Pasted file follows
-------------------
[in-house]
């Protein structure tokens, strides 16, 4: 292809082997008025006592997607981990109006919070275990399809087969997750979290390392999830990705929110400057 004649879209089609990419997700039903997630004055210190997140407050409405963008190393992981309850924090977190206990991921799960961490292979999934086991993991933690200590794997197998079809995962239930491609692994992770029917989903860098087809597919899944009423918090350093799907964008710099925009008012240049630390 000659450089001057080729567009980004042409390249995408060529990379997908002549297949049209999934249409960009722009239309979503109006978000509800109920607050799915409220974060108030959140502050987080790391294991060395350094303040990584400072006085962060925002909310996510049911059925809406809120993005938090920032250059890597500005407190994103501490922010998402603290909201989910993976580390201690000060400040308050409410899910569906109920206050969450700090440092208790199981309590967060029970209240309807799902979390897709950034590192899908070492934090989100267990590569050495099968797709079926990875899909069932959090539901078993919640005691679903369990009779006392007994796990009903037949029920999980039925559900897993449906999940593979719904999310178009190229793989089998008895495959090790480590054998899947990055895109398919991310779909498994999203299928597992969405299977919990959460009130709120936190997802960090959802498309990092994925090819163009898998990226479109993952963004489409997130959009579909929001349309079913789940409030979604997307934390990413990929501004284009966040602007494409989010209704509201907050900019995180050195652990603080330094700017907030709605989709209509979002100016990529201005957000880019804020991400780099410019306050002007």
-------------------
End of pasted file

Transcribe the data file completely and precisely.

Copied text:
[in-house]
């Protein structure tokens, strides 16, 4: 292809082997008025006592997607981990109006919070275990399809087969997750979290390392999830990705929110400057 004649879209089609990419997700039903997630004055210190997140407050409405963008190393992981309850924090977190206990991921799960961490292979999934086991993991933690200590794997197998079809995962239930491609692994992770029917989903860098087809597919899944009423918090350093799907964008710099925009008012240049630390 000659450089001057080729567009980004042409390249995408060529990379997908002549297949049209999934249409960009722009239309979503109006978000509800109920607050799915409220974060108030959140502050987080790391294991060395350094303040990584400072006085962060925002909310996510049911059925809406809120993005938090920032250059890597500005407190994103501490922010998402603290909201989910993976580390201690000060400040308050409410899910569906109920206050969450700090440092208790199981309590967060029970209240309807799902979390897709950034590192899908070492934090989100267990590569050495099968797709079926990875899909069932959090539901078993919640005691679903369990009779006392007994796990009903037949029920999980039925559900897993449906999940593979719904999310178009190229793989089998008895495959090790480590054998899947990055895109398919991310779909498994999203299928597992969405299977919990959460009130709120936190997802960090959802498309990092994925090819163009898998990226479109993952963004489409997130959009579909929001349309079913789940409030979604997307934390990413990929501004284009966040602007494409989010209704509201907050900019995180050195652990603080330094700017907030709605989709209509979002100016990529201005957000880019804020991400780099410019306050002007």